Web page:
• Vendors will always argue the validity of positioning in analyst matrices, questioning methodologies and data quality. However, it is hard to argue against the combination of anecdotal evidence and commentary offered by analysts from all sides. More to the point, IT buyers who favor the incumbents will find it increasingly difficult to justify investments in solutions that are not delivering the end user experience needed to extract the kind of value business now demands.
  • Buyers will argue that whatever the deficiencies in upstart solutions, if they’re good enough and they’ll get broad use, then that is enough to justify a change. After all,technology always catches up and the upstarts are strongly incentivized to code needed features as quickly as possible.
  • More worryingly for incumbents, I wonder how Gartner’s view from its February report will be informed by its July report when it updates in 2014.
  • Is it game over for the big boys? Not at all. They have vast resources to throw at the problem. The question comes – will they see what the real problems are and respond in time?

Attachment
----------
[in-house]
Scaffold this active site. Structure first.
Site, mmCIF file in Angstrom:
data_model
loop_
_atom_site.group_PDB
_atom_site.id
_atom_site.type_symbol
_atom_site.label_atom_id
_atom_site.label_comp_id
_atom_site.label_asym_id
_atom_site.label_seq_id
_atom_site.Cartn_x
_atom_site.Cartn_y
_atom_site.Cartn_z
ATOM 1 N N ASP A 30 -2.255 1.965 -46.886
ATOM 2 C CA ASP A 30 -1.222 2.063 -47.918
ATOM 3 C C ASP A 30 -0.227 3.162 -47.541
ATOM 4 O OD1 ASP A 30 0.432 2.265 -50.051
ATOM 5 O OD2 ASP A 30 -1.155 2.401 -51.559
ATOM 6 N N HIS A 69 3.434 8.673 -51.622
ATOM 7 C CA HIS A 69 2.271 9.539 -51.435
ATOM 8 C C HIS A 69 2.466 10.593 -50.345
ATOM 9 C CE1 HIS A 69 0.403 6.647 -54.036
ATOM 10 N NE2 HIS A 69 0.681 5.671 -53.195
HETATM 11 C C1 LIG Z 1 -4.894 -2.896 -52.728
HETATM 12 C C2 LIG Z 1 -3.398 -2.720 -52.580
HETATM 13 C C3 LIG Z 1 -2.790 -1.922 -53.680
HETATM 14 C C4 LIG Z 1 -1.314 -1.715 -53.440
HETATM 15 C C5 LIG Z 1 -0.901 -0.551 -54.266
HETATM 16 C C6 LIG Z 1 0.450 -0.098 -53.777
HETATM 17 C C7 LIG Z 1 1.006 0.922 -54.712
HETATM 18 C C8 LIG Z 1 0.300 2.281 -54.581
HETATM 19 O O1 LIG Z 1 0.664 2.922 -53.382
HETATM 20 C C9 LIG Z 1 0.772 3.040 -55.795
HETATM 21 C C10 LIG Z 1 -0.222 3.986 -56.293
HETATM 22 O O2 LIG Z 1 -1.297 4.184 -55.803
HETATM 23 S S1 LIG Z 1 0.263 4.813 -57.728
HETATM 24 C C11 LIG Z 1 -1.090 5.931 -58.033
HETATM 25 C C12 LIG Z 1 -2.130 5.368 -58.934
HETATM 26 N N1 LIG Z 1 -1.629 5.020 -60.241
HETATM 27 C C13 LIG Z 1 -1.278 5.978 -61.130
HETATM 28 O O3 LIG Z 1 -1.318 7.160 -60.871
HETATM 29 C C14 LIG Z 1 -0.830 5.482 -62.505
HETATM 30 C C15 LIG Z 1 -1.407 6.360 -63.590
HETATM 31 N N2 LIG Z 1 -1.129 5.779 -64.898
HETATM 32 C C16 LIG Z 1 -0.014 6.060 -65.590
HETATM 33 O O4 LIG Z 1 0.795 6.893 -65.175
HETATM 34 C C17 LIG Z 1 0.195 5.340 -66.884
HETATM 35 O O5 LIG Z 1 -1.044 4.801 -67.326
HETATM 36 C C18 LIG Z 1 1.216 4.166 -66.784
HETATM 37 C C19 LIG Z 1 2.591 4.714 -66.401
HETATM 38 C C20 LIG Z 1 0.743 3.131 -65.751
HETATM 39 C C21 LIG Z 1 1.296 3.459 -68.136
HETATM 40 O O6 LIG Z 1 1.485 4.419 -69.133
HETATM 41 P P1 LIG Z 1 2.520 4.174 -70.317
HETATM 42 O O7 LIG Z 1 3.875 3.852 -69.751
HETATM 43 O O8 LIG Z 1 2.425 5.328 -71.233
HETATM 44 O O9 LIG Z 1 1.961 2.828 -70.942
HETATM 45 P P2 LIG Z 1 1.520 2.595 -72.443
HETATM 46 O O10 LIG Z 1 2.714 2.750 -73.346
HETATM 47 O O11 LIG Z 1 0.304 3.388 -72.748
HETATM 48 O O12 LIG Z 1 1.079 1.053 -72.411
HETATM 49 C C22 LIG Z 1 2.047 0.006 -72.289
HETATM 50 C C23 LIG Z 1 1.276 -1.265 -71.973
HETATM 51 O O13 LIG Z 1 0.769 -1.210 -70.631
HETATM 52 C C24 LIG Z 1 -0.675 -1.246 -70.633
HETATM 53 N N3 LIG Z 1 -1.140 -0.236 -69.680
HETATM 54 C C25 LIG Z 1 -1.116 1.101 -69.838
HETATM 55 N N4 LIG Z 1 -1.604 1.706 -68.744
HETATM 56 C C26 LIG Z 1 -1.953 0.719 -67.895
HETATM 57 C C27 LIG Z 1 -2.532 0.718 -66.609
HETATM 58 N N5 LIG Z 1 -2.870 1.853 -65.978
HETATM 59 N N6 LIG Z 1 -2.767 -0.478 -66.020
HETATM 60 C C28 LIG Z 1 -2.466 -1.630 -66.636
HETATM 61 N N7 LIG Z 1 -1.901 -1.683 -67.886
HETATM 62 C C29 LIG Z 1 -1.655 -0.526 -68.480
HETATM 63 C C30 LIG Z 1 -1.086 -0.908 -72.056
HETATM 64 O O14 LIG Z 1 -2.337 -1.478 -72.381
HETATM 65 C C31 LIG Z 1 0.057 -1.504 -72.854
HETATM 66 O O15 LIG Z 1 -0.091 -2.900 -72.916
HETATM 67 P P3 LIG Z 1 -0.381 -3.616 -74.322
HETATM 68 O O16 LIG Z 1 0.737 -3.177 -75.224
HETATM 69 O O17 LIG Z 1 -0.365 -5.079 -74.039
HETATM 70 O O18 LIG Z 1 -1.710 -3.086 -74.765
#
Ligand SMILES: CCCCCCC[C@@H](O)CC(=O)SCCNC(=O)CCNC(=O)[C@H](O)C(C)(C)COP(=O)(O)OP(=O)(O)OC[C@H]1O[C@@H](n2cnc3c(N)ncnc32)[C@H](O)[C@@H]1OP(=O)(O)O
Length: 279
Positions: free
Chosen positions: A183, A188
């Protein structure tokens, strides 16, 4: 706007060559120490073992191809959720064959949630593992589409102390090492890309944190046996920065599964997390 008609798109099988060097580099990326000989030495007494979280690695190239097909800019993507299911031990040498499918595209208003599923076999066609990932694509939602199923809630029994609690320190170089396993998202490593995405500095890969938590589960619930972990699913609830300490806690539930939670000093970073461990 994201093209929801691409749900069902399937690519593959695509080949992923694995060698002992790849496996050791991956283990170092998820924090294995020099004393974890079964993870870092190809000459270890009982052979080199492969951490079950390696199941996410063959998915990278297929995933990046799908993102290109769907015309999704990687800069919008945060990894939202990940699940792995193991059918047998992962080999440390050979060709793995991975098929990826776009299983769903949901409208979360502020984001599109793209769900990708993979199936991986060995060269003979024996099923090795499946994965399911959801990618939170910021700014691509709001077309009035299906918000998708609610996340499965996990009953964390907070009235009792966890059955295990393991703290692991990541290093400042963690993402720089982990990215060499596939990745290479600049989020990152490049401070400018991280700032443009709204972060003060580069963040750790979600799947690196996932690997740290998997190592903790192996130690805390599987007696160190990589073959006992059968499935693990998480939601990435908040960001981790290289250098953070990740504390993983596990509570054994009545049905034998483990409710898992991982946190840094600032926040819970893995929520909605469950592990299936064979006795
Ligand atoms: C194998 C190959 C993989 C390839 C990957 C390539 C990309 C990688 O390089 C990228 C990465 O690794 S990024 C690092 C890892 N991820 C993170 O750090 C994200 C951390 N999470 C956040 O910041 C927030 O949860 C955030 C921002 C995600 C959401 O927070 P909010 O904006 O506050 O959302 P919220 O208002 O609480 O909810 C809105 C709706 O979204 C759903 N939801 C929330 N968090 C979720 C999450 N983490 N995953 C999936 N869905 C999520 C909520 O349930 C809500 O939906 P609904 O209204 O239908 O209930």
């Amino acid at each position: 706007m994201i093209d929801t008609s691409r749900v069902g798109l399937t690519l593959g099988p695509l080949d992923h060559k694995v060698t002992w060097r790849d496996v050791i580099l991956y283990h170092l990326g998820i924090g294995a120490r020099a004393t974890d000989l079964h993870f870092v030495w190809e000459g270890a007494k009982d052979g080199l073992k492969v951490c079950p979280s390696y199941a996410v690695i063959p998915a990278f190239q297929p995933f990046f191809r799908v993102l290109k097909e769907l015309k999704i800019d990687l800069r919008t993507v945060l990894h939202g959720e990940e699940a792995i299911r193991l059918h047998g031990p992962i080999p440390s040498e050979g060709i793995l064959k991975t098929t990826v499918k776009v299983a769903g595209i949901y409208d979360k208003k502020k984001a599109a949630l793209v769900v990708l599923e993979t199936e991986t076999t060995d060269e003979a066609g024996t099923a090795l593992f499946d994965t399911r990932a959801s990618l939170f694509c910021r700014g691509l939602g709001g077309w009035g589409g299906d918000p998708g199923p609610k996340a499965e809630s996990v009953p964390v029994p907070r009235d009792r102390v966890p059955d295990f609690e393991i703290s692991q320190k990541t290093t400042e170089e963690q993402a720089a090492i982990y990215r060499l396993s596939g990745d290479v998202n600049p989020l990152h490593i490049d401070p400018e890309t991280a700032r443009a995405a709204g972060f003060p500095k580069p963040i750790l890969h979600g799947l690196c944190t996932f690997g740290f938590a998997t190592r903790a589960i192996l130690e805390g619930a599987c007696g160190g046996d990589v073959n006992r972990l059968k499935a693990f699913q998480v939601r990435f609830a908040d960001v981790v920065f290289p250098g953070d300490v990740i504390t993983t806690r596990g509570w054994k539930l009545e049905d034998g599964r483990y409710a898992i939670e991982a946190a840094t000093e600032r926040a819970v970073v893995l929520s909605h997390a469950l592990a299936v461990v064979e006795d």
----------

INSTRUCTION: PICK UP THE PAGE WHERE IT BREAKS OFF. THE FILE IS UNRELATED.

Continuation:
Disclosure: SAP and Workday are premier partners at the time of writing

Image credits: Gartner and Nucleus Research, featured image: © ra2 studio – Fotolia.com

Den Howlett

Den Howlett

Dennis Howlett has been taking the buyer's perspective in analysing application vendor offerings for more than 22 years following a 20 year successful career in IT and finance related roles. 'Never knowingly under opinionated,' Howlett takes strong positions in the interests of getting to the truth of what drives customer value.
Den Howlett

@dahowlett

Disruptor, enterprise applications drama critic, BS cleaner, buyer champion and foodie trying to suck less every day.
Den Howlett
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24 comments
dahowlett
dahowlett

@BirstBI Well - you are - aren't you? Across all measures - that's intersting to me

vijayasankarv
vijayasankarv

@dahowlett 3. UX paradigm for general purpose BI tools is still very old school even more newer solutions. That sucks

vijayasankarv
vijayasankarv

@dahowlett 2, Larger vendors also have big% of footprint in older tech, which skews MQ type aggregated reports.

vijayasankarv
vijayasankarv

@dahowlett some nuances 1. UX trumps tech in many cases but not all /most cases . UX typically trumps for last mile solutions, not upstream

BirstBI
BirstBI